- Running on a treadmill for as little as 10 minutes at low intensity reduces fatigue, according to a study from the University of Northern Arizona.

- Researchers at Cardiff University found a 10% reduction in fatigue in diets supplemented with fibre.

CHOLESTEROL

- Consuming a quarter of a teaspoon of cinnamon daily for six weeks reduces cholesterol, according to research by the US Department of Agriculture.

- The mineral manganese, found in peas, helps your body break down fats and lower your cholesterol, according to a study in the Journal of Nutritional Biochemistry.

MOOD

- Cardiovascular exercise tops up your serotonin, and is four times more effective at reducing symptoms of depression than standard anti-depressants, according to research at Duke University.

- Just five minutes of open-air exercise drastically improves your mood and self-esteem, according to research at the University of Essex.

EGGS

- Eating one egg a day reduces degeneration of skeletal muscle, and protects against some of the health risks that come with ageing, including heart disease and blindness, according to the Journal of Nutrition & Food Science.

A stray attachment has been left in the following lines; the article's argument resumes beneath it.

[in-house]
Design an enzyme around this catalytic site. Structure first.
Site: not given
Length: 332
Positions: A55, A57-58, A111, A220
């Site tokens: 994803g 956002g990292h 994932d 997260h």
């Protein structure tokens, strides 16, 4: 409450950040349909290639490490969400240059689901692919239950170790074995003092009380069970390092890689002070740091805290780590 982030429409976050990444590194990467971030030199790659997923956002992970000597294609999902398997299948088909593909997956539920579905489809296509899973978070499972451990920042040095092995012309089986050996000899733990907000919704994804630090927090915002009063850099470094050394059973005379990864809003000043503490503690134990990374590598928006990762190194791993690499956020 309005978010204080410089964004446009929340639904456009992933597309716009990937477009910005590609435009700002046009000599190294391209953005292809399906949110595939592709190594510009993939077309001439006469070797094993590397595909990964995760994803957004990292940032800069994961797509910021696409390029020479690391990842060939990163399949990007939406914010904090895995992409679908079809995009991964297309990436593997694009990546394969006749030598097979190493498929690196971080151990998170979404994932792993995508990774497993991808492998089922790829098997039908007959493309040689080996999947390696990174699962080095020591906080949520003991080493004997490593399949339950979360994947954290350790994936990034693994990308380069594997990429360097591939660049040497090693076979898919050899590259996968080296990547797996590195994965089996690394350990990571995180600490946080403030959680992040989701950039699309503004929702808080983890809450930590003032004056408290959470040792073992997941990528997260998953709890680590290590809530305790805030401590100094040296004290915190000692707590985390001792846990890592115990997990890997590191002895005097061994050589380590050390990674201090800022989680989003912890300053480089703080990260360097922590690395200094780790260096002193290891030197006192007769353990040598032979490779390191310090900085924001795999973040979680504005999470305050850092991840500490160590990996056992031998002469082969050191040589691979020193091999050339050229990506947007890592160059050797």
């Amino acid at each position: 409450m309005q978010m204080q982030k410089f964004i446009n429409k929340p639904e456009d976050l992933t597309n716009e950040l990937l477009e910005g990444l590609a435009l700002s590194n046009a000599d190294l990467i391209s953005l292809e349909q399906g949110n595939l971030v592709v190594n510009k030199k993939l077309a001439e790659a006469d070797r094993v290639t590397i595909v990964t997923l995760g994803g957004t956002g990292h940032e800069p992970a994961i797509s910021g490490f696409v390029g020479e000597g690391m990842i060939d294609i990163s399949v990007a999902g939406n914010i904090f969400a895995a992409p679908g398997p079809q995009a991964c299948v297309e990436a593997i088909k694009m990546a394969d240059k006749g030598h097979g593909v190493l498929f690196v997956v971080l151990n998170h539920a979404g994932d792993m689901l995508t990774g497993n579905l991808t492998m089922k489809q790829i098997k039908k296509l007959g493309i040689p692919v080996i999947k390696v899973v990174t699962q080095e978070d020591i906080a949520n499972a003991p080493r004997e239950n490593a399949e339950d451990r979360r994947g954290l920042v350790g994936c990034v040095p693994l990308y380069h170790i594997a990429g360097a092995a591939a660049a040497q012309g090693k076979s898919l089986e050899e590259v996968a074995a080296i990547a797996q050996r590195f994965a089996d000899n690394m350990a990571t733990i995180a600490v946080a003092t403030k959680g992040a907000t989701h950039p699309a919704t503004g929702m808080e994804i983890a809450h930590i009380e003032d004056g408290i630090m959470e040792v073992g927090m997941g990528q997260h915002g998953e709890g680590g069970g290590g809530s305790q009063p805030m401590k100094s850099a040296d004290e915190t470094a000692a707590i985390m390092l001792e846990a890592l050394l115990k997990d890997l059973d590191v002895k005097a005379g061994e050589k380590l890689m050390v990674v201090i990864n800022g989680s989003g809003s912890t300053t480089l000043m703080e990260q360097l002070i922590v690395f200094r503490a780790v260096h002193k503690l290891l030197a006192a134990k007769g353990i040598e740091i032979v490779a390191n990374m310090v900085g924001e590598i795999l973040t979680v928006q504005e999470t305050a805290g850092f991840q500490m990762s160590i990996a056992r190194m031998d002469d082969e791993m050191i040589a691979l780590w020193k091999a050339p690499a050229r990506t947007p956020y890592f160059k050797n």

- Three eggs is the optimum daily intake for muscle growth, according to research by the University of Texas.

INFLAMMATION

- The antioxidant anthocyanin in cherries helps reduce painful arthritic inflammation, as well as lessen the severity of other inflammatory conditions, according to a study by the ARS Western Human Nutrition Research Center in California.

- Celery has anti-inflammatory properties and speeds up injury recovery time, according to research published by the Proceedings of the National Academy of Science.

BLOOD PRESSURE

- Hot chocolate reduces high blood pressure even better than tea, according to researchers from the University Hospital of Cologne.

- Ginger also lowers blood pressure, according to research in the Journal of Cardiovascular Pharmacology.